Taiwan’s Endemic Species Top


No. 12

Taiwan’s Endemic Species

Reprinted/Taiwan Digital archives



On Taiwan‚ an island separated from the rest of the world‚ there are many species that do not live anywhere else in the world; these species are called endemic species; endemism occurs when a species’ range is limited to a certain area because of historical‚ ecological or physiological factors.

How‚ then do endemism species appear. Imagine for a second‚ a colony of deer live on an unnamed mainland. One day‚ a big earthquake separates this colony on the east and west sides of mountains that appear as a result of orogeny‚ colony A on the east side and colony B on the west side; the two colonies then live their lives totally separately‚ of course having no opportunity to interbreed. These two colonies will evolve separately; for example‚ the east side is grassland terrain‚ with bushes so the deer just need to keep their short necks and they can eat the leaves and grass. On the west side there is only a small amount of grassland and trees that are taller than they are. Over time‚ colony B’s deer’s short necked deer are gradually superseded and the ones that are left have longer necks. Gradually‚ A and B colonies look and behave more and more differently‚ and eventually separate species are evolved. This example is‚ of course‚ just a hypothetical separation of a species‚ there are other reasons and other evolutionary results.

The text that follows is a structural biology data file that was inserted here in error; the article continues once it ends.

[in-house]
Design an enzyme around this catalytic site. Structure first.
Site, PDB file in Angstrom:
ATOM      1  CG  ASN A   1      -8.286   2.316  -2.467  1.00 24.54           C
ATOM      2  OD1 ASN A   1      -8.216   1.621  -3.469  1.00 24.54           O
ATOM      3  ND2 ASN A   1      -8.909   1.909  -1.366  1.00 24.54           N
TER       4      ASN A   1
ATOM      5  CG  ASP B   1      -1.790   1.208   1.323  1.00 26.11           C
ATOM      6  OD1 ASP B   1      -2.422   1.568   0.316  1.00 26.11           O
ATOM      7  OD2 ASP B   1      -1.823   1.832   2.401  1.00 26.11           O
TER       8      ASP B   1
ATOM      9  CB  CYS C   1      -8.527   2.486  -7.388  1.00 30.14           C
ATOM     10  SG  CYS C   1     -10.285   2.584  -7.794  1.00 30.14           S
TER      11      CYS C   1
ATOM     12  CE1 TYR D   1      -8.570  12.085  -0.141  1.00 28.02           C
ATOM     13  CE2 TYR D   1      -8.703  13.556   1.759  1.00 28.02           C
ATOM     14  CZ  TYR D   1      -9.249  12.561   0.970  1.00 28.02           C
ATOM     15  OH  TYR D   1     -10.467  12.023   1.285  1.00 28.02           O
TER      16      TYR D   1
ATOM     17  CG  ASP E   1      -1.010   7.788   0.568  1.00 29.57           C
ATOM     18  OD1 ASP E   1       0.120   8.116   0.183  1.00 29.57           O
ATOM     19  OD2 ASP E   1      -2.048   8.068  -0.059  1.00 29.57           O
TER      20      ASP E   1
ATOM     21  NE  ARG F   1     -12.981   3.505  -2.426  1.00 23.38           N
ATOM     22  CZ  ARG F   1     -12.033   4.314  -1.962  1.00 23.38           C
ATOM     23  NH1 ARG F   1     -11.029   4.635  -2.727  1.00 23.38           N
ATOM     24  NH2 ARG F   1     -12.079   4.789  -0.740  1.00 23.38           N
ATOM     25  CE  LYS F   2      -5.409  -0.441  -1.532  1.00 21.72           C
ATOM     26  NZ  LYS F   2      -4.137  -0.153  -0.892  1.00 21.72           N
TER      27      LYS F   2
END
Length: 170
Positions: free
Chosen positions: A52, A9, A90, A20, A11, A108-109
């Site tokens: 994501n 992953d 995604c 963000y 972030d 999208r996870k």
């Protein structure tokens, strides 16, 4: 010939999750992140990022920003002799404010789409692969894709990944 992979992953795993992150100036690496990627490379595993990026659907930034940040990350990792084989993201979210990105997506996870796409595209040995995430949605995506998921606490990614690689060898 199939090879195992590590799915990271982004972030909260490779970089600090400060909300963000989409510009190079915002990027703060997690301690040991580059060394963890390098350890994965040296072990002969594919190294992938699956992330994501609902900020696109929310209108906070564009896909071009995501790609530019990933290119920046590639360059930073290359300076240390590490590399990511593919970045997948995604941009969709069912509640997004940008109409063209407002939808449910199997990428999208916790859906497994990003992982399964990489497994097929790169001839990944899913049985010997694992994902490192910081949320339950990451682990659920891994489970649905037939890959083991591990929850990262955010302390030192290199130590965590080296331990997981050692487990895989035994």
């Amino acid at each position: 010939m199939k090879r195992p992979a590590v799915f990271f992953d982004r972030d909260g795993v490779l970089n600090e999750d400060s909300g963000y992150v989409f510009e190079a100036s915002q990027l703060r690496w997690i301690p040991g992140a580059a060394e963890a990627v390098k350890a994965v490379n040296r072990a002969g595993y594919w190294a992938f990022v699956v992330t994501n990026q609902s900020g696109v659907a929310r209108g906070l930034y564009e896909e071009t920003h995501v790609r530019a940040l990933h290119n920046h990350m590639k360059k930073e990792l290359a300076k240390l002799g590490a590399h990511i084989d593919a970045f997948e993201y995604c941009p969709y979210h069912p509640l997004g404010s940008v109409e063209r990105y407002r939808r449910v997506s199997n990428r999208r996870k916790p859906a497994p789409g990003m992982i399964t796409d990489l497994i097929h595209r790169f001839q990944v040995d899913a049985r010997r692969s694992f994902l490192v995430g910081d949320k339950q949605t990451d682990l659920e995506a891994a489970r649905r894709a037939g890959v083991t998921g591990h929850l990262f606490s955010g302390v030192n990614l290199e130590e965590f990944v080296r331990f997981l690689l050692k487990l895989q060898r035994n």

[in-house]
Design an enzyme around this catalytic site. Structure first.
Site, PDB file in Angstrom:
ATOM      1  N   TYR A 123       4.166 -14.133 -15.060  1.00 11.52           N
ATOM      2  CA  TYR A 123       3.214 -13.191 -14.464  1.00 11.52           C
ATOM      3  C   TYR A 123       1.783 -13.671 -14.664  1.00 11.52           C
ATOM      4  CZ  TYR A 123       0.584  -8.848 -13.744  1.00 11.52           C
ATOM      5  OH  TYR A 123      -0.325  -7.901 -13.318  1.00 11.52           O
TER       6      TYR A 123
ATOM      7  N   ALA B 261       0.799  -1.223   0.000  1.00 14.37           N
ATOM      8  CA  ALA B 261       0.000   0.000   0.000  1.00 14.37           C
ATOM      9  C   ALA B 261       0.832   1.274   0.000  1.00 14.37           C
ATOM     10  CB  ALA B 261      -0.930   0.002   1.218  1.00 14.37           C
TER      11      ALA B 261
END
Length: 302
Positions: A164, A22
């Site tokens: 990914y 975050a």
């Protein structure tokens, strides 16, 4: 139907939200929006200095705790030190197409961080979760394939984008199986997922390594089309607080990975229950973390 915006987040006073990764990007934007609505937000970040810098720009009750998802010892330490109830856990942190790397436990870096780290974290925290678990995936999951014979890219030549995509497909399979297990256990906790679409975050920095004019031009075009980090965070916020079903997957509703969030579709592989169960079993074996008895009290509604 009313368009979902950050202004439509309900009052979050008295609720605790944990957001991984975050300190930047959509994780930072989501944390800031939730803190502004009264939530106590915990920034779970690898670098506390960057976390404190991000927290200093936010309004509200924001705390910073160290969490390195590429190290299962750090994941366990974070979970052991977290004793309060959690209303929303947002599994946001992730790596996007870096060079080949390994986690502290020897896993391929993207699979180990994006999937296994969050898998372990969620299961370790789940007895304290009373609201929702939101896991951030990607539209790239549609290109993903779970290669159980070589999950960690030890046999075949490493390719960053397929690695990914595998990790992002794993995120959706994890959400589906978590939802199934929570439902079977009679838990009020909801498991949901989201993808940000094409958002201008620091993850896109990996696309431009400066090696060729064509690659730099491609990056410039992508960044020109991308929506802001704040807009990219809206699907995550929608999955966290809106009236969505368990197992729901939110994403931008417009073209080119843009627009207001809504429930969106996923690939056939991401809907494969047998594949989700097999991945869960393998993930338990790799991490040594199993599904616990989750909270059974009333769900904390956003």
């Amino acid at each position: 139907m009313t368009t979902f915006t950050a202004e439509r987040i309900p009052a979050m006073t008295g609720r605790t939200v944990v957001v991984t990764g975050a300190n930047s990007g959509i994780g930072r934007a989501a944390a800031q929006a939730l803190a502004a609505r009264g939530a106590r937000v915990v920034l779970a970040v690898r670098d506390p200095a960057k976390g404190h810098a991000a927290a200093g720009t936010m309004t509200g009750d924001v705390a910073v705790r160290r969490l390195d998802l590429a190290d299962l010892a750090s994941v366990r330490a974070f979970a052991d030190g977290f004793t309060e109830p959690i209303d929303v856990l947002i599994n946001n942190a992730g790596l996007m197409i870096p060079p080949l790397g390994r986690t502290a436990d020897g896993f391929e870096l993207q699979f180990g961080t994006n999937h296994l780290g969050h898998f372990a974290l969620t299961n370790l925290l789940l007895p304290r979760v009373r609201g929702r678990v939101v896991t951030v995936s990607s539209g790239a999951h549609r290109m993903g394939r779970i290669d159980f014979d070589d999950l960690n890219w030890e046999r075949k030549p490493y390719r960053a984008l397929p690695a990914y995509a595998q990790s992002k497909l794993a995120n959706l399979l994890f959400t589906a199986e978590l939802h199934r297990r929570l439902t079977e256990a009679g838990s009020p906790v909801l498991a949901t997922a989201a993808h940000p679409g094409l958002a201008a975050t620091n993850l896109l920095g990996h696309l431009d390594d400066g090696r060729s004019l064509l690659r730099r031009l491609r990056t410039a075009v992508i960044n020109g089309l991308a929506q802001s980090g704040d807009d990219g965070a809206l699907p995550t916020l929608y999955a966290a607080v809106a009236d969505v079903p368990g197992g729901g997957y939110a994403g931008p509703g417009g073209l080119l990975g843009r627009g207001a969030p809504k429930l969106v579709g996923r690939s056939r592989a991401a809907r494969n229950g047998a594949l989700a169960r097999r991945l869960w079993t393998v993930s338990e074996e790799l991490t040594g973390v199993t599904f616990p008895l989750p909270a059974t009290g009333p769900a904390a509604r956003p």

Formosan Blue Magpie
( Source of photo credit : Digital Taiwan )

To understand Taiwan’s situation‚ we have to go back 18‚000 years ago: at that time the world was hit by the coldest period for almost 150‚000 years‚ known as the last glacial maximum. The ice caps of the north and south poles expanded and a large amount of the earth’s water became ice and snow‚ stored in glacier‚ depriving the seas and oceans of water and causing their water level to fall substantially.

The continental shelf of the Taiwan Straits‚ just 80 meters deep‚ was exposed and Taiwan and Mainland China were joined. After the appearance of this “land bridge‚” many animals moved south to avoid the extreme cold; Taiwan’s high mountains also allowed vertical distribution and meant the island had hot‚ warm‚ temperate and frigid climatic zones. At that time Taiwan had both mainland and island species. Around 14000 years ago the earth gradually began to warm up and sea levels slowly rose‚ leaving Taiwan once again an island; the species on the island were separated from the colonies on the mainland and evolved separately‚ becoming the endemic species of Taiwan of today.